This page is part of © FOTW Flags Of The World website

Principality of Wallachia: 1848 Revolution flags

Last modified: 2015-07-28 by alex danes
Keywords: wallachia | romania |
Links: FOTW homepage | search | disclaimer and copyright | write us | mirrors

See also:

National flag

[National flag, 1848] by Alex Danes, 15 September 2008

The revolutionary government of Wallachia adopted, on 14 June 1848, an horizontal tricolour blue, yellow and red, with, in the central yellow stripe, the words DREPTATE ('justice' in the Wallachian language) and, in Cyrillic characters, FRĂŢIE ('brotherhood' in the Moldavian language). But in July of the same year "...because until now it was not clear how to make national flags..." the same government stated that "...the national flag is a vertical tricolour dark blue, dark yellow and carmine red: the blue at the hoist, the yellow in the middle and the red at the fly.". This flag become very popular in Moldavia and Transylvania too and was the origin of the Romanian tricolour. In September 1848 Russia and Turkey re-established the previous order and the flag temporarily disappeared.
Mario Fabretto, 10 September 1996

The Decree nr. 1 from 14/26 June 1848 of the provisional Government established the following:

"The national flag will have three colors: blue, yellow and red. The motto, in Romanian, which will be inscribed not only on flags, but on monuments and public decrees, are these two words: Justice, Fraternity."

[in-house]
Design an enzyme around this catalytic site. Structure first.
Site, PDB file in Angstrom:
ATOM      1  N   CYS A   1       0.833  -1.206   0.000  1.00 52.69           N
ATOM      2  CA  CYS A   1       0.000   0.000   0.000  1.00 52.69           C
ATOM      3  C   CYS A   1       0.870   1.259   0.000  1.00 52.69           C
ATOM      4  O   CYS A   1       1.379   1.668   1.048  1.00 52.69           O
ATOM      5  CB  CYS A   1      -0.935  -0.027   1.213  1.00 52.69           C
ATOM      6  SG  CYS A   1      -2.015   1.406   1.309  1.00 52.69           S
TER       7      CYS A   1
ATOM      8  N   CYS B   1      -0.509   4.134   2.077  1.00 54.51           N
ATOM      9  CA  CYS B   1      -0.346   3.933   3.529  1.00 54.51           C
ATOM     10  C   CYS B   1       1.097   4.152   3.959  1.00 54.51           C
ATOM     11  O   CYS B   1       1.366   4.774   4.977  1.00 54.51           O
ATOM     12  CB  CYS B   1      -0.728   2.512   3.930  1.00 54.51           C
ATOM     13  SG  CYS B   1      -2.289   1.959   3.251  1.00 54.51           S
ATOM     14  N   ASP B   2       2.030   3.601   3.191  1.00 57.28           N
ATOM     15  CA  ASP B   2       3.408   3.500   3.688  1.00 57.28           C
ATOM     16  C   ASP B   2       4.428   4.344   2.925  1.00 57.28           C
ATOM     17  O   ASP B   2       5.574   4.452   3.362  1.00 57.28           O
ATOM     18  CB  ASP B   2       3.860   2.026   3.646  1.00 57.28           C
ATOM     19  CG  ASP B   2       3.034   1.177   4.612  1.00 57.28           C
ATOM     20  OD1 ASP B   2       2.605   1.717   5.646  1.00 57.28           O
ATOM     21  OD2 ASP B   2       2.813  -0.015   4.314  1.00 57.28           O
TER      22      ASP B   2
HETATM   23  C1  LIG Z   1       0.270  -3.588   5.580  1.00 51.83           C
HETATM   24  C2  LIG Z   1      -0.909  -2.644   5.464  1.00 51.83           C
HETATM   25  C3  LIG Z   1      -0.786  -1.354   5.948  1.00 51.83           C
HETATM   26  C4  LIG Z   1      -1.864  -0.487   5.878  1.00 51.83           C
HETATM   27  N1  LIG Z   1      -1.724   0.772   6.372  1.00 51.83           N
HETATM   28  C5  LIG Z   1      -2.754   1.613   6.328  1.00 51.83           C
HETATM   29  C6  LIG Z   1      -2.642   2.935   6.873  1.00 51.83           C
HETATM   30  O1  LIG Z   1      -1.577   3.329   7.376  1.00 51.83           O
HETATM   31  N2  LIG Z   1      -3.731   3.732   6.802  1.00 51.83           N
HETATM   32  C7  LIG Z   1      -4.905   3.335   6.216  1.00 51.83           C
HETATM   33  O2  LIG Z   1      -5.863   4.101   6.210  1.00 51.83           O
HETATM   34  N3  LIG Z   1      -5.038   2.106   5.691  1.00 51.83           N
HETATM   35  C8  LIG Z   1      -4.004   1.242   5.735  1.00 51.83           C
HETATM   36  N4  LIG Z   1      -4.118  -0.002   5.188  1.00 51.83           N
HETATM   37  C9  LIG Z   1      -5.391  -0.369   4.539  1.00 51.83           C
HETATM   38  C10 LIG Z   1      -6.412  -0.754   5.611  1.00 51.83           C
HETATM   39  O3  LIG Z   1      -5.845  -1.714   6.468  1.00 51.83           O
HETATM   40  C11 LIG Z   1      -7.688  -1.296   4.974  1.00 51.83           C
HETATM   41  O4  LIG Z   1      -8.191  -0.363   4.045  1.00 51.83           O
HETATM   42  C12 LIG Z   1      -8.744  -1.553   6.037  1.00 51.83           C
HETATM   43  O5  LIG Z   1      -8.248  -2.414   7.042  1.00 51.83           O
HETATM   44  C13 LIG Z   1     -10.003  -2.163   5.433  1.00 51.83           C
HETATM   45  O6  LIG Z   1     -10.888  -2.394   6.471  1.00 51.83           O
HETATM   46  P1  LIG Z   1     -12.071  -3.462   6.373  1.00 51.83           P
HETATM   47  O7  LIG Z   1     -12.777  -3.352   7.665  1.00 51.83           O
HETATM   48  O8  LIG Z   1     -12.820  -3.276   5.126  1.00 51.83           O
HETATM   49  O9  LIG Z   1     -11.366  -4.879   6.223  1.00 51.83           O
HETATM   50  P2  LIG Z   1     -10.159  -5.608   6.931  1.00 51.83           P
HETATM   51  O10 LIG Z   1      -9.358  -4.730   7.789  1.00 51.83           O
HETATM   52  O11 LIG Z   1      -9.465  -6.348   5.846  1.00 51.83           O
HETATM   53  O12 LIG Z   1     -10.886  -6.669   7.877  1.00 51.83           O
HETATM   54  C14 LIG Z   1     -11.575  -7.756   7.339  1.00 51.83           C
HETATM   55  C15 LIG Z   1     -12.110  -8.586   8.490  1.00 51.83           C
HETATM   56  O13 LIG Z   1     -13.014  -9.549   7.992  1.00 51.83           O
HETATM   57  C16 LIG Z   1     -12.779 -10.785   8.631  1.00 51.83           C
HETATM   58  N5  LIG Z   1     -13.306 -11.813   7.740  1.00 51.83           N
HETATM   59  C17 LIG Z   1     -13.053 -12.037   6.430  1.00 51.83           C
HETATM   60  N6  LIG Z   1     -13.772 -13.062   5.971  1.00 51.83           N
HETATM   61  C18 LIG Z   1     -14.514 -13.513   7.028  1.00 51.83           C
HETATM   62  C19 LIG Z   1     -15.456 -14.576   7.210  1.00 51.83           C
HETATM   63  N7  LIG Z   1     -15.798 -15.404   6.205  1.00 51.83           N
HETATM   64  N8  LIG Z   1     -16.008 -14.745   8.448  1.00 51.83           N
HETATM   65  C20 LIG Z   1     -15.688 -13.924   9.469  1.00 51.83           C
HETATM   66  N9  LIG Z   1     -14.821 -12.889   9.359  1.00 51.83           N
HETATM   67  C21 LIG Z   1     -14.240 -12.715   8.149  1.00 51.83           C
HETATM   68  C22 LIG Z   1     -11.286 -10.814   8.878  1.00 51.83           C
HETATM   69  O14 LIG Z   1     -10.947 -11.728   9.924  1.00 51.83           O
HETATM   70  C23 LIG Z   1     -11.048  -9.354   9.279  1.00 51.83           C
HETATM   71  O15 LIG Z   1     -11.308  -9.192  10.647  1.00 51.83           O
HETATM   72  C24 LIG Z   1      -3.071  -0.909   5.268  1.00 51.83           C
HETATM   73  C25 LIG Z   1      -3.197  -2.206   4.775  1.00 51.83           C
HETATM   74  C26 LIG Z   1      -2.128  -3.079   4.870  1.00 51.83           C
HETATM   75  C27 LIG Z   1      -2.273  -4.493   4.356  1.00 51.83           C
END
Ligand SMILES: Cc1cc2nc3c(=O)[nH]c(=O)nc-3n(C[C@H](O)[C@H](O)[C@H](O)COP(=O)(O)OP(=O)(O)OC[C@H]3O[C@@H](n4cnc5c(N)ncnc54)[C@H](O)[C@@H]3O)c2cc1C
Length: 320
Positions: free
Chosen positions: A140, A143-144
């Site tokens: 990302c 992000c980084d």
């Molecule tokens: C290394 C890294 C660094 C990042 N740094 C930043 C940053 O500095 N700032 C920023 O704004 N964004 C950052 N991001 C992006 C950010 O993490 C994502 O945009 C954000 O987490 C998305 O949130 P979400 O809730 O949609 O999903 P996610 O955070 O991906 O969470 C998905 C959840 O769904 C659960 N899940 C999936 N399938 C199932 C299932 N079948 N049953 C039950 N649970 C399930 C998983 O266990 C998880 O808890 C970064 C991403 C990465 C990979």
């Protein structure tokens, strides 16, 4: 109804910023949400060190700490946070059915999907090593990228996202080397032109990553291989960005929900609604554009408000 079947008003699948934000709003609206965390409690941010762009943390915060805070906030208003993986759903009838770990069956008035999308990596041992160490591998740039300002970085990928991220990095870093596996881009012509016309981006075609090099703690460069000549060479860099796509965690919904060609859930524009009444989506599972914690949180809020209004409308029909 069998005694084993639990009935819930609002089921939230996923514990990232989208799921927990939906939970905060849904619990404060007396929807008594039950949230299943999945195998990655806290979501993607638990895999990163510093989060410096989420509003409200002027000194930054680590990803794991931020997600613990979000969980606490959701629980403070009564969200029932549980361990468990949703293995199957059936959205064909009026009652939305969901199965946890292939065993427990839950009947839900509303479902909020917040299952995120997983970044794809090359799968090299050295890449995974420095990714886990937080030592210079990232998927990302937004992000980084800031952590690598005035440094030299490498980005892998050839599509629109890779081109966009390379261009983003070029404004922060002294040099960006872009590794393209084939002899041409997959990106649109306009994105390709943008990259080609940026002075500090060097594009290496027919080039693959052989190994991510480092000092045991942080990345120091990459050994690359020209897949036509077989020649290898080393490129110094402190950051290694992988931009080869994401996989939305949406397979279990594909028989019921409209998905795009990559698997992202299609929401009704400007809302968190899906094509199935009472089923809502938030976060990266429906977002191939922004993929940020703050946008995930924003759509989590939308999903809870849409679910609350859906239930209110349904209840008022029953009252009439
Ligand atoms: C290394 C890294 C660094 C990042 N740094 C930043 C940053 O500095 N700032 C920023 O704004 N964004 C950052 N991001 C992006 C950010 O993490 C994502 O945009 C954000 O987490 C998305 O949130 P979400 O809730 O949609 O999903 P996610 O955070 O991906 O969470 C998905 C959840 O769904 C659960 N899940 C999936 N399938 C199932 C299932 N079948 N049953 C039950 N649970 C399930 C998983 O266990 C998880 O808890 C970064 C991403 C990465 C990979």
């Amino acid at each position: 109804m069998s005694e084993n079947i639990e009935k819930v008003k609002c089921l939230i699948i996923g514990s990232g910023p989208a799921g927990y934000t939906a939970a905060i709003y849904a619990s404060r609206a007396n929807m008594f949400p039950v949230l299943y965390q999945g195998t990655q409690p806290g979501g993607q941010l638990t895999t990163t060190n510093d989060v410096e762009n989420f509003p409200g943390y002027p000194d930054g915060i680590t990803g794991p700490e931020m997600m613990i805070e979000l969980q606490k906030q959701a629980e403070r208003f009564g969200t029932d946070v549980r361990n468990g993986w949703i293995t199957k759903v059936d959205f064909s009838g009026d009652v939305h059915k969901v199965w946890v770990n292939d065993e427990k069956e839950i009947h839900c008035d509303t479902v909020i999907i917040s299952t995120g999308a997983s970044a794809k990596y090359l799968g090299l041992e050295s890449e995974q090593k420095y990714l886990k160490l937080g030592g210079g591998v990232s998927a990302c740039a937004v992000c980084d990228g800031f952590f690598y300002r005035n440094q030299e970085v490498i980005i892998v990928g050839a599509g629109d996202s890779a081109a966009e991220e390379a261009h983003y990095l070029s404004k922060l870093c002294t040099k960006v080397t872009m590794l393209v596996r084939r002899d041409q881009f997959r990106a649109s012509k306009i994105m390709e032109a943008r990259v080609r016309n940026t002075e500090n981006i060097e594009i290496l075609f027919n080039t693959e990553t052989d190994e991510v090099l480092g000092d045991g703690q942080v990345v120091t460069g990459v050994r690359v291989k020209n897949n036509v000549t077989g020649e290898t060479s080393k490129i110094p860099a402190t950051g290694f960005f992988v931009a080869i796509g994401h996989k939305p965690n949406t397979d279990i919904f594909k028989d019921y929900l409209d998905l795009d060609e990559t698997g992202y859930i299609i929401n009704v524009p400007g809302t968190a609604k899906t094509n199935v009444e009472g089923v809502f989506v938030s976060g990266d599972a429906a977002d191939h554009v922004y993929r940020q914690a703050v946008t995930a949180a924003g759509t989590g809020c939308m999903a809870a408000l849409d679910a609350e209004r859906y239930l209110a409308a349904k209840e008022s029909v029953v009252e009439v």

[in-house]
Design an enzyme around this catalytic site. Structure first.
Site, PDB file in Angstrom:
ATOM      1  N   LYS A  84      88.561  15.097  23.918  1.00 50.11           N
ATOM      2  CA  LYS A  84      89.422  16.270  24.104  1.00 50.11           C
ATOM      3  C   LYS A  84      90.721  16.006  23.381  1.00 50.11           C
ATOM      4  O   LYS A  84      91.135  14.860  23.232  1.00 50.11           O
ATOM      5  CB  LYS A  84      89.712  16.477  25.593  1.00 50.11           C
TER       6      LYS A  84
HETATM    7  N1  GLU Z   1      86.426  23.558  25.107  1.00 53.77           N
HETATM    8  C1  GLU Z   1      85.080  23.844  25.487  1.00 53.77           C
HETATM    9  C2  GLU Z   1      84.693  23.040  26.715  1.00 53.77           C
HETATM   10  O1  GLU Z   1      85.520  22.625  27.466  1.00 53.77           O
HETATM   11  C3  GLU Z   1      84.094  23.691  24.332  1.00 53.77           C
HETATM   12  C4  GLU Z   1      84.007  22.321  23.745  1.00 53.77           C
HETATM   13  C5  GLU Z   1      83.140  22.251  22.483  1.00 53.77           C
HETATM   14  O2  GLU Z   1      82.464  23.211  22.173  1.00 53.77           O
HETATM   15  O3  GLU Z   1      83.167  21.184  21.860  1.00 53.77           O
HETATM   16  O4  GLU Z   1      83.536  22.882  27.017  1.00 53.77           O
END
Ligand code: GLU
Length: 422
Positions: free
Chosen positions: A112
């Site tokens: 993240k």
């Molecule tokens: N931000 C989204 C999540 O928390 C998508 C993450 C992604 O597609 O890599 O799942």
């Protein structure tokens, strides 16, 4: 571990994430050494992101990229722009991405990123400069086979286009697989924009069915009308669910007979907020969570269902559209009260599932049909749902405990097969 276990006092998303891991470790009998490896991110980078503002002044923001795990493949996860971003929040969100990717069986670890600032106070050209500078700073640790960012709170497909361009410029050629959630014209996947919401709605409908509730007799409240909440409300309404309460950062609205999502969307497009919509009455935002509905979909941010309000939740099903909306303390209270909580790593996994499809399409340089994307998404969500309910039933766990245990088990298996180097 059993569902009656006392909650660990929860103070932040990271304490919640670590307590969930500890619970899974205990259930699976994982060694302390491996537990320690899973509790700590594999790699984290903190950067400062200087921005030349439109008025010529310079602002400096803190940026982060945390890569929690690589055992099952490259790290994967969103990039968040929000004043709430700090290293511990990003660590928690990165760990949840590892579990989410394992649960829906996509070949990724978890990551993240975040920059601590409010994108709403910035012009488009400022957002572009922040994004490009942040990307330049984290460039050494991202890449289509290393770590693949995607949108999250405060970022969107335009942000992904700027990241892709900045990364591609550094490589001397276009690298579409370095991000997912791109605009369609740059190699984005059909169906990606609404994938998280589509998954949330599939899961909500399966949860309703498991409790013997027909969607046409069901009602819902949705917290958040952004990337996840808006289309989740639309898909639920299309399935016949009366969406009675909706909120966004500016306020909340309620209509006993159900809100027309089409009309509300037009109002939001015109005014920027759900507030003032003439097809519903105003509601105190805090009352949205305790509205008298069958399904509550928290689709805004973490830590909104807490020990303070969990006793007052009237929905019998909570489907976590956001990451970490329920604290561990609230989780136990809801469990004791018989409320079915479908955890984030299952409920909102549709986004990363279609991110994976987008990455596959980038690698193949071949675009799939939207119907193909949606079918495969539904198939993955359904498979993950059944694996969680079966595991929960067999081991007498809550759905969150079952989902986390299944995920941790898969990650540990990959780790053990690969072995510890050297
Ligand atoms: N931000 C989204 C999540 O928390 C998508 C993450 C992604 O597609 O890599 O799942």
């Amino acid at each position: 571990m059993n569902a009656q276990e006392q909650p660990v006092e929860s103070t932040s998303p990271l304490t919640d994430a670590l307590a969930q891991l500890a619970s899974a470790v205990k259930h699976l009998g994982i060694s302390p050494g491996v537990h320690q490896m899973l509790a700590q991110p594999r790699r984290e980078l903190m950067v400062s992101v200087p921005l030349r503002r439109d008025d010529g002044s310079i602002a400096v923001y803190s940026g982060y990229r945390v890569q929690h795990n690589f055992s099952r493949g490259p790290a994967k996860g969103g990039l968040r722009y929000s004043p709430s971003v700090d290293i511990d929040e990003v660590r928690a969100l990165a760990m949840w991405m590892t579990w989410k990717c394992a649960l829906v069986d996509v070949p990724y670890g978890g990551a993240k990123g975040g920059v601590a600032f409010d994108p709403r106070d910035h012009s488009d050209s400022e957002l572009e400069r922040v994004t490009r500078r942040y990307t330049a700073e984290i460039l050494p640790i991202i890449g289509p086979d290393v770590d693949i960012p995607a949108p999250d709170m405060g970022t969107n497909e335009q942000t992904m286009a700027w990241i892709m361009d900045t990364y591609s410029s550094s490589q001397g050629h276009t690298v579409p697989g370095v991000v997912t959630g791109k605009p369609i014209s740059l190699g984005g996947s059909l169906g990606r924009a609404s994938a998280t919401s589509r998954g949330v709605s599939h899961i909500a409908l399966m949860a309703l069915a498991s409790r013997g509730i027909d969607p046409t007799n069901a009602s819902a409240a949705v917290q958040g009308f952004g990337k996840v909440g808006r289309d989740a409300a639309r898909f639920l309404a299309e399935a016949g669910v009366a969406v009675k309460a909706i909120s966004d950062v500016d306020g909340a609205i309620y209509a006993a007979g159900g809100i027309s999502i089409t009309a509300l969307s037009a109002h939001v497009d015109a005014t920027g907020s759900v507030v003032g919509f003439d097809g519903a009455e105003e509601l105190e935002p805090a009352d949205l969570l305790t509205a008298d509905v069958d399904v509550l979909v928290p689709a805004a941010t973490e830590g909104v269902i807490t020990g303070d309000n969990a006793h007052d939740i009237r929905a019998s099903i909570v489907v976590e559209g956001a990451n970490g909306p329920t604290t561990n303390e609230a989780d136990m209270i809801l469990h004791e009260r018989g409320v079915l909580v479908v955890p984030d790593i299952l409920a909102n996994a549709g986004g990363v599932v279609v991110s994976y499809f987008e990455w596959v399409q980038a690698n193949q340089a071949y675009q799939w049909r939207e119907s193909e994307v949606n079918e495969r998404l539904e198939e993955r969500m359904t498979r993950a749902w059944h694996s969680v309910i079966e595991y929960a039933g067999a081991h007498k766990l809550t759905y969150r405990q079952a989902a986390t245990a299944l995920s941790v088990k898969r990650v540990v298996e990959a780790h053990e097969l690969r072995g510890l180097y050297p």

The first flags of this kind had horizontal stripes, as can be seen in a painting with revolutionaries by Costache Petrescu. The motto was inscribed with black letters, in the middle of the yellow stripe: "DPEПTATE  ФPЪЦIE" ("DREPTATE  FRĂŢIE", meaning "Justice, Brotherhood"). The Army flags had a similar pattern. The day of 26 June is now celebrated in Romania as Day of the Flag because, for the first time, the blue-yellow-red tricolour was designated as national flag of the Romanians.
Alex Danes, 15 September 2008

[National flag, 1848] by Alex Danes, 15 September 2008

However, one month later, on 13/25 July, the provisional Government was obliged to come with additions in the decree nr. 252:

"Because until now it was not clear how to make national flags, we decree:
Art. 1. - The flags will be tricolour.
Art. 2. - The colours are: dark blue, light yellow1 and carmine red.
Art. 3. - Near the hoist is [the] blue [stripe], then yellow, then red, floating.
The Minister of Internal Affairs is asked to see that all the flags shall be made according to this decree."
This was the first time the Romanian tricolour, as known today, was used officialy as national flag. In 1867, when the Parliament of Romania had to decide the new flag of the country, the ex-revolutionary Nicolae Golescu proposed the 1848 pattern, which was eventually adopted, without the motto on it.

1 - Some sources say "dark yellow"; this is not true, the original decree clearly stipulates "light yellow".
Alex Danes, 15 September 2008

The origins of the national flag